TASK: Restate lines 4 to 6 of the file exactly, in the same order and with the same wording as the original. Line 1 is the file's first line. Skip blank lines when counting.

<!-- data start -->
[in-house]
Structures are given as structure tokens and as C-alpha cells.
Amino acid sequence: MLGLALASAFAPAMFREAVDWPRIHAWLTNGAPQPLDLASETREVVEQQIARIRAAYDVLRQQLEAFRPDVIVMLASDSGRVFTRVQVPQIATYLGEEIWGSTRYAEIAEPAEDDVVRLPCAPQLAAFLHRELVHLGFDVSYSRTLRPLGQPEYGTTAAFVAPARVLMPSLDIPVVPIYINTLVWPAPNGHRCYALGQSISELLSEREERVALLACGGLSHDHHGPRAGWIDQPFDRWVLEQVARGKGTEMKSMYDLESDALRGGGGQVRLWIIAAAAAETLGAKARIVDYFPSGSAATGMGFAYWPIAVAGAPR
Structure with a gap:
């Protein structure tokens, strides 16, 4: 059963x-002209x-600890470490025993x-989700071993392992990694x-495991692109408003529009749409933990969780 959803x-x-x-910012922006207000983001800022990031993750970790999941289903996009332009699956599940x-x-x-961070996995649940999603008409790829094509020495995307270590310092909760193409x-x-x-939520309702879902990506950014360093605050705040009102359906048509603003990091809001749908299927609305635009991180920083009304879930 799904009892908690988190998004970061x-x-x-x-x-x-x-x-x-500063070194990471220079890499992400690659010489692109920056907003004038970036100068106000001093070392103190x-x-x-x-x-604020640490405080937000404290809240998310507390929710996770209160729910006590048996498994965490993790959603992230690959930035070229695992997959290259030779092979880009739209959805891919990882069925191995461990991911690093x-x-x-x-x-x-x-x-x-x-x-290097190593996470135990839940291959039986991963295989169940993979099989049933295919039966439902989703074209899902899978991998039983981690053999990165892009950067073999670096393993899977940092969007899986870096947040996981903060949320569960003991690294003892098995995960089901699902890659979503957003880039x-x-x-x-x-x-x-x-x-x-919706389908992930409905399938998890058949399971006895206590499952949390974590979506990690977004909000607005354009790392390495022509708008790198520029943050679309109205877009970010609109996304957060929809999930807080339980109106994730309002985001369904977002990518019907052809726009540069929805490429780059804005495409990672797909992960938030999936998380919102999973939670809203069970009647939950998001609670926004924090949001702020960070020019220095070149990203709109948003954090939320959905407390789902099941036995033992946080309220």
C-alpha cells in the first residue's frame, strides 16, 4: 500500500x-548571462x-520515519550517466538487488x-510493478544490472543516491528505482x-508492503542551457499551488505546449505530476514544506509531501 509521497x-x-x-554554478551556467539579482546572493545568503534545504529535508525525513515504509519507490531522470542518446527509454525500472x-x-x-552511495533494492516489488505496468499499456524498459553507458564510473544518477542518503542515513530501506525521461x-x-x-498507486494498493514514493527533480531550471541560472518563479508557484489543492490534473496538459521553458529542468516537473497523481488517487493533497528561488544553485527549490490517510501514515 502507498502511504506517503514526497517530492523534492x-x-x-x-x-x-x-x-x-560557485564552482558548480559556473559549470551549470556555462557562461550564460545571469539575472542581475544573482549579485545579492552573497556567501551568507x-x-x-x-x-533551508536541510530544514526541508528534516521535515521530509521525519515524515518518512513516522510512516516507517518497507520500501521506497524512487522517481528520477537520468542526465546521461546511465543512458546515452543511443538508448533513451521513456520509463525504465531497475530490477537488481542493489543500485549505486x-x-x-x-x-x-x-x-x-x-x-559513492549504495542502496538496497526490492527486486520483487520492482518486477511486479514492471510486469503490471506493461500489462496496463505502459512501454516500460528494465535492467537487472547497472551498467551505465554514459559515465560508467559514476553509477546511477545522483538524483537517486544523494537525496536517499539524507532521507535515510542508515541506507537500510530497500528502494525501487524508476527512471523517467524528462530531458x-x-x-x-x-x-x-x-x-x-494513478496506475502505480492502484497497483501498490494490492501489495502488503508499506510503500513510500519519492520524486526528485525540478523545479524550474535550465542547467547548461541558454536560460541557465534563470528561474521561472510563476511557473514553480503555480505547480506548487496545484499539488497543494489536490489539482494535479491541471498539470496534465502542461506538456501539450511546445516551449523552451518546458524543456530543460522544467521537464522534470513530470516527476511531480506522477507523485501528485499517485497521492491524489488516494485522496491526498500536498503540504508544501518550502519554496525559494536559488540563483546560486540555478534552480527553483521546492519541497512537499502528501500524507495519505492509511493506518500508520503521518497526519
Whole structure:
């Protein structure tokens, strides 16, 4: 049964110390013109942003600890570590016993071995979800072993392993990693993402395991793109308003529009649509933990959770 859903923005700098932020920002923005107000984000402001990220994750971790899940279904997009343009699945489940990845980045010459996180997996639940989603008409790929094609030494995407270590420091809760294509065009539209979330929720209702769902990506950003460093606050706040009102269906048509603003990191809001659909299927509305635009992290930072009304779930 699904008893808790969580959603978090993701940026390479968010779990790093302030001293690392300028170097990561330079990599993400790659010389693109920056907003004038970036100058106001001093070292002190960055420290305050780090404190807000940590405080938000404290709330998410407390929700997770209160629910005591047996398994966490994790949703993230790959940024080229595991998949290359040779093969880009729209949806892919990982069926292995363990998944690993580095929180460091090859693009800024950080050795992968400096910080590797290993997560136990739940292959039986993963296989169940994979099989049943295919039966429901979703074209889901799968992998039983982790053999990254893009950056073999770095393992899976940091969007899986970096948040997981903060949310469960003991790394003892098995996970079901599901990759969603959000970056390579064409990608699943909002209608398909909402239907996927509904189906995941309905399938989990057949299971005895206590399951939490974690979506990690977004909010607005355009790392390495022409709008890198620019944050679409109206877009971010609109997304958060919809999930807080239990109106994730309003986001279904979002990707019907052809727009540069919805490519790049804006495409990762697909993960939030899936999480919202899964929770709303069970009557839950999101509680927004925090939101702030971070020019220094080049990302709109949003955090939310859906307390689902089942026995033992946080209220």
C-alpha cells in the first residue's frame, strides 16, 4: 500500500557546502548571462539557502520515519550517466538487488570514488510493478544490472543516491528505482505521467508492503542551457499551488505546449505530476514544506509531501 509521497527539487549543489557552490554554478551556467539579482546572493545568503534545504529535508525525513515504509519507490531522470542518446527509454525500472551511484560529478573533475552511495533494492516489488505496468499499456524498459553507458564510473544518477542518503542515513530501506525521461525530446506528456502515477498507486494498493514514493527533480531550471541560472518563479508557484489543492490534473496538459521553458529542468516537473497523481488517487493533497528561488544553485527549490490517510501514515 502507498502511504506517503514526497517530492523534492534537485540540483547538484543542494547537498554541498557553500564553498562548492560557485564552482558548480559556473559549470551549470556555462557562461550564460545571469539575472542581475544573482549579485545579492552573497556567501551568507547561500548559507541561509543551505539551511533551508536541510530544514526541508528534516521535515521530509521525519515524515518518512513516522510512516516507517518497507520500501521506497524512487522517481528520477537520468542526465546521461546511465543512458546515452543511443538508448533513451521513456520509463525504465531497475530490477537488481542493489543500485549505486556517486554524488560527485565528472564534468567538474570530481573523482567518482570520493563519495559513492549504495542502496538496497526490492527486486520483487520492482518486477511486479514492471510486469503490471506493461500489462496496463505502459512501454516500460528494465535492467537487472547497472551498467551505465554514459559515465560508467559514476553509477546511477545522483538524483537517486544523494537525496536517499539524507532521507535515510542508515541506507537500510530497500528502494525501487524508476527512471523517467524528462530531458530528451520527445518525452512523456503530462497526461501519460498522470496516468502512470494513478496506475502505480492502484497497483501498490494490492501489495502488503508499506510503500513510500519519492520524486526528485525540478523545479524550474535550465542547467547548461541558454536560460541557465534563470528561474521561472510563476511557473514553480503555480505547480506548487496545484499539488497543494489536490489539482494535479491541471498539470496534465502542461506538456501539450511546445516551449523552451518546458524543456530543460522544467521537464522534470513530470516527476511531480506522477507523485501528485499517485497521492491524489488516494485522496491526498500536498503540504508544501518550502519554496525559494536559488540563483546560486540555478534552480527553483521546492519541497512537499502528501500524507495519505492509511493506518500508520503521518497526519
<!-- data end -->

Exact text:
Structure with a gap:
């Protein structure tokens, strides 16, 4: 059963x-002209x-600890470490025993x-989700071993392992990694x-495991692109408003529009749409933990969780 959803x-x-x-910012922006207000983001800022990031993750970790999941289903996009332009699956599940x-x-x-961070996995649940999603008409790829094509020495995307270590310092909760193409x-x-x-939520309702879902990506950014360093605050705040009102359906048509603003990091809001749908299927609305635009991180920083009304879930 799904009892908690988190998004970061x-x-x-x-x-x-x-x-x-500063070194990471220079890499992400690659010489692109920056907003004038970036100068106000001093070392103190x-x-x-x-x-604020640490405080937000404290809240998310507390929710996770209160729910006590048996498994965490993790959603992230690959930035070229695992997959290259030779092979880009739209959805891919990882069925191995461990991911690093x-x-x-x-x-x-x-x-x-x-x-290097190593996470135990839940291959039986991963295989169940993979099989049933295919039966439902989703074209899902899978991998039983981690053999990165892009950067073999670096393993899977940092969007899986870096947040996981903060949320569960003991690294003892098995995960089901699902890659979503957003880039x-x-x-x-x-x-x-x-x-x-919706389908992930409905399938998890058949399971006895206590499952949390974590979506990690977004909000607005354009790392390495022509708008790198520029943050679309109205877009970010609109996304957060929809999930807080339980109106994730309002985001369904977002990518019907052809726009540069929805490429780059804005495409990672797909992960938030999936998380919102999973939670809203069970009647939950998001609670926004924090949001702020960070020019220095070149990203709109948003954090939320959905407390789902099941036995033992946080309220």
C-alpha cells in the first residue's frame, strides 16, 4: 500500500x-548571462x-520515519550517466538487488x-510493478544490472543516491528505482x-508492503542551457499551488505546449505530476514544506509531501 509521497x-x-x-554554478551556467539579482546572493545568503534545504529535508525525513515504509519507490531522470542518446527509454525500472x-x-x-552511495533494492516489488505496468499499456524498459553507458564510473544518477542518503542515513530501506525521461x-x-x-498507486494498493514514493527533480531550471541560472518563479508557484489543492490534473496538459521553458529542468516537473497523481488517487493533497528561488544553485527549490490517510501514515 502507498502511504506517503514526497517530492523534492x-x-x-x-x-x-x-x-x-560557485564552482558548480559556473559549470551549470556555462557562461550564460545571469539575472542581475544573482549579485545579492552573497556567501551568507x-x-x-x-x-533551508536541510530544514526541508528534516521535515521530509521525519515524515518518512513516522510512516516507517518497507520500501521506497524512487522517481528520477537520468542526465546521461546511465543512458546515452543511443538508448533513451521513456520509463525504465531497475530490477537488481542493489543500485549505486x-x-x-x-x-x-x-x-x-x-x-559513492549504495542502496538496497526490492527486486520483487520492482518486477511486479514492471510486469503490471506493461500489462496496463505502459512501454516500460528494465535492467537487472547497472551498467551505465554514459559515465560508467559514476553509477546511477545522483538524483537517486544523494537525496536517499539524507532521507535515510542508515541506507537500510530497500528502494525501487524508476527512471523517467524528462530531458x-x-x-x-x-x-x-x-x-x-494513478496506475502505480492502484497497483501498490494490492501489495502488503508499506510503500513510500519519492520524486526528485525540478523545479524550474535550465542547467547548461541558454536560460541557465534563470528561474521561472510563476511557473514553480503555480505547480506548487496545484499539488497543494489536490489539482494535479491541471498539470496534465502542461506538456501539450511546445516551449523552451518546458524543456530543460522544467521537464522534470513530470516527476511531480506522477507523485501528485499517485497521492491524489488516494485522496491526498500536498503540504508544501518550502519554496525559494536559488540563483546560486540555478534552480527553483521546492519541497512537499502528501500524507495519505492509511493506518500508520503521518497526519